Charity Appeals for White Knight
Following the emergency landing of Sea Vixen G-CVIX XP924 at RNAS Yeovilton on 27 May 17, Navy Wings is urgently seeking a ‘white knight’ sponsor to save the aircraft and restore this unique and nationally important naval heritage fighter to full flying condition.
Unfortunately the structural damage to the airframe is more serious than first thought. This includes cracks on both tail booms, warping of the main bulk heads in the engine compartment and major damage to the gear box. The important factor here was speed of landing. The Sea Vixen suffered a major hydraulic failure of both systems and the pilot, Commander Simon Hargreaves was unable to lower the flaps along with the under-carriage. This necessitated a high speed, low angle run on and the energy transferred itself through the airframe.
Work by Assessors estimate that it could take between 3-4 years and cost £2-3M to get her flying again. A white knight is needed in the next month who would be prepared to come to the rescue and under-write these costs and save the last flying Sea Vixen in the world, recognising her uniqueness and value to the Nation’s naval aviation heritage.
Follow the Sea Vixen Wheels Up landing Story here
25th July 2017 Update
Many thanks to all of you who have supported the Sea Vixen appeal. We now know when the primary hydraulic pump failed in flight, the secondary pump did not go to full stroke as it should have done. The result was that it did not provide the pressure required to put the undercarriage and flaps down.
Since 27 May, we have been surveying the aircraft and are now aware that there is extensive damage to the belly and structural frames of the centre fuselage, even although it does appear too bad from the outside, as many of you will have observed at Yeovilton Air Day.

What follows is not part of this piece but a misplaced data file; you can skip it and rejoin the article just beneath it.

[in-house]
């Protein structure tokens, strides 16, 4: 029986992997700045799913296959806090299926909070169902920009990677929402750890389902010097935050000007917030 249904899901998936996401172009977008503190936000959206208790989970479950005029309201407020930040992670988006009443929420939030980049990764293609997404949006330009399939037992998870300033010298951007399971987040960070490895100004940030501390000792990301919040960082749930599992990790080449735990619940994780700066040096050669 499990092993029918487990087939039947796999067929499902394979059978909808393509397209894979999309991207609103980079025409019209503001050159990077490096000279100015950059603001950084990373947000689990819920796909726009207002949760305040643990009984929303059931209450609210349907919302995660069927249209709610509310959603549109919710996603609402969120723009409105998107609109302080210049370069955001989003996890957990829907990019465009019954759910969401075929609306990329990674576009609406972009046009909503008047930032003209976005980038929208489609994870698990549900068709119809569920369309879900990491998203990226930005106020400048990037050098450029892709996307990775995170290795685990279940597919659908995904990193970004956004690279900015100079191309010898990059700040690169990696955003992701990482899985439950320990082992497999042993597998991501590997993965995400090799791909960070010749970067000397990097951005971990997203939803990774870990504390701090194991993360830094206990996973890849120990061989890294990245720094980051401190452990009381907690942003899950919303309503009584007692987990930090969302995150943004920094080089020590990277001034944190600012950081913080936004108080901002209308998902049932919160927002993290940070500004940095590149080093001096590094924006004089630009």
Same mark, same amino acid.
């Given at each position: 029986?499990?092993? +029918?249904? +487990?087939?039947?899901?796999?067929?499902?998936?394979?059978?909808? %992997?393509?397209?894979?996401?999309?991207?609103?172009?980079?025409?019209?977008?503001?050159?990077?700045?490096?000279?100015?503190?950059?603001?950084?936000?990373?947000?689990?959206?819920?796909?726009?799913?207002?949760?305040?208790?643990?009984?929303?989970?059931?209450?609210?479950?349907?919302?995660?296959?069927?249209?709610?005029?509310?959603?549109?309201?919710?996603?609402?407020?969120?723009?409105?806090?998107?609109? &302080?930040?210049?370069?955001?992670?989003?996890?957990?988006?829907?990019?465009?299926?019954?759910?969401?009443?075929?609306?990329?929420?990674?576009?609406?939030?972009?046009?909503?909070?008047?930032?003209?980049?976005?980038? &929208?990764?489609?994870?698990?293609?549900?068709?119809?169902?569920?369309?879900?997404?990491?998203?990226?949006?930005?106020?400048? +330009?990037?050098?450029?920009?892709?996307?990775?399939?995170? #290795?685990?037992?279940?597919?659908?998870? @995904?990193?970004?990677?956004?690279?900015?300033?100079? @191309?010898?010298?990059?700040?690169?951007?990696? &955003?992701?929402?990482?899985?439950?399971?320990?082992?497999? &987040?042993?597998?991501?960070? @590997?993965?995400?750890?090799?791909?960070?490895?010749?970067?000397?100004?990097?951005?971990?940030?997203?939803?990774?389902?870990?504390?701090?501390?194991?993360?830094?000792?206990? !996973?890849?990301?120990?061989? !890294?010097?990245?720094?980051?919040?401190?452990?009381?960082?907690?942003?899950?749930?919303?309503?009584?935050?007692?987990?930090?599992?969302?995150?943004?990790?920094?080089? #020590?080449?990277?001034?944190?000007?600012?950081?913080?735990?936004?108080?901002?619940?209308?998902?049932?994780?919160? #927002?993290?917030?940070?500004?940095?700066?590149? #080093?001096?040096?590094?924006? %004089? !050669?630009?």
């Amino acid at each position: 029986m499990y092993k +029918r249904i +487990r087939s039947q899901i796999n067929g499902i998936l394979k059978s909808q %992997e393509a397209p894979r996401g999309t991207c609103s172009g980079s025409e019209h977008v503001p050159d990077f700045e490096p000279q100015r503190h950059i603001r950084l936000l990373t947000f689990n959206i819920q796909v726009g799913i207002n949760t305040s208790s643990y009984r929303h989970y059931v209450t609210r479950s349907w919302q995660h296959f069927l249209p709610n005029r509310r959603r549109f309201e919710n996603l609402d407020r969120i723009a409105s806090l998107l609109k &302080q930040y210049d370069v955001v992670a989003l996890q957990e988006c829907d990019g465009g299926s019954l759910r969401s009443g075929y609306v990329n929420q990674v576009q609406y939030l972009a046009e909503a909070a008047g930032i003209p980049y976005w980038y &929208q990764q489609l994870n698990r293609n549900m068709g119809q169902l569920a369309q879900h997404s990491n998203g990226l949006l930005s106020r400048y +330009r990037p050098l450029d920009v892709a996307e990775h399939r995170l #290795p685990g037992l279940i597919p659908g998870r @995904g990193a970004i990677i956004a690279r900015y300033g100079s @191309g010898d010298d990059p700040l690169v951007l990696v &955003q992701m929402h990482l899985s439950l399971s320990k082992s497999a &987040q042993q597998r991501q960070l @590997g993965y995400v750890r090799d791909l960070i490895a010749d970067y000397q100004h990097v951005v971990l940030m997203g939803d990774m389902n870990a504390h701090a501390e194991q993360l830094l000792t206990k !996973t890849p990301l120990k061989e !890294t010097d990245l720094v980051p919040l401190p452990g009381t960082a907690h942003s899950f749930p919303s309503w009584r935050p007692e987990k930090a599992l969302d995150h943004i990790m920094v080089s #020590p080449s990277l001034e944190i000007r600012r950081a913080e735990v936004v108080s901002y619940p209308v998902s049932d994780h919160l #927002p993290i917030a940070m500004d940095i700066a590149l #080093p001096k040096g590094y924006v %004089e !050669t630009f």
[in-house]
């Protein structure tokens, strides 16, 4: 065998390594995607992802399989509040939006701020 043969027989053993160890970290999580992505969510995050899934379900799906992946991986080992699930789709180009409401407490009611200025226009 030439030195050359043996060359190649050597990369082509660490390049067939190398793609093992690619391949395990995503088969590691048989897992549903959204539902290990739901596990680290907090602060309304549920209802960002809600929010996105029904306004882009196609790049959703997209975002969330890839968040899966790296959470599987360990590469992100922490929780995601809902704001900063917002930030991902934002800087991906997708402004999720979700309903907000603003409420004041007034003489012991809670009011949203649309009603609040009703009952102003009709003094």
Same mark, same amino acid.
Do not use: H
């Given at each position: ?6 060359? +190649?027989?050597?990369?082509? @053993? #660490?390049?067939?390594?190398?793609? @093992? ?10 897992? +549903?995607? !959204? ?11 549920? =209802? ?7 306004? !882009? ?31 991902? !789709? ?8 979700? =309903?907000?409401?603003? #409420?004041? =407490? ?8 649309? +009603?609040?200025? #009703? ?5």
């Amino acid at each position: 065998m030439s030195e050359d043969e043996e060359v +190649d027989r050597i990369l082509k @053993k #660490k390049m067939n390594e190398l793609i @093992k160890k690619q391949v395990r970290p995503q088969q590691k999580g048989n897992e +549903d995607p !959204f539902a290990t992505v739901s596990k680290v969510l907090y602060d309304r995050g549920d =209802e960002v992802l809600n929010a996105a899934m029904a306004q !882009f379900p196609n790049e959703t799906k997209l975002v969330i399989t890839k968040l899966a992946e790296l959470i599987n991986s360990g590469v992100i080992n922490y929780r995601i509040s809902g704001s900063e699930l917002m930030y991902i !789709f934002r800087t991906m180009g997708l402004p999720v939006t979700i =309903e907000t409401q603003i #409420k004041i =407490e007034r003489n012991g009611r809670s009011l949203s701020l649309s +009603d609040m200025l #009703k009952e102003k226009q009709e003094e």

We have now suspended the aircraft from maintenance procedures while we continue to investigate plans for complete restoration. This is a significant task and to achieve it, the Sea Vixen Team has been re-organised for the long term. Brian Johnson, the Chief Engineer, who was due to retire from the Team in November to work nearer his home in the Midlands, remains on as a consultant, but hands over the role of Chief Engineer to Kevin Bugg. The Trustees would like to thank Brian for his superb work and also welcome Kevin to his new role. They would also like to publicly congratulate Simon Hargreaves, the Pilot, for his exemplary flying skills in getting the Sea Vixen down with minimal damage and are delighted to note that Simon has been awarded a Green Endorsement for this display of airmanship by the head of the Fleet Air Arm, Rear Admiral Keith Blount OBE. Simon has also confirmed that he is looking forward to flying her again should we manage to return her to the skies.
The Sea Vixen Appeal will remain open for those who wish to contribute, but it must be noted that if we do not find a way to fund a re-build, then this money will be used to support other Navy Wings aircraft, primarily the Swordfish and the Sea Fury T20 now that the latter has been re-built following her forced landing in 2014.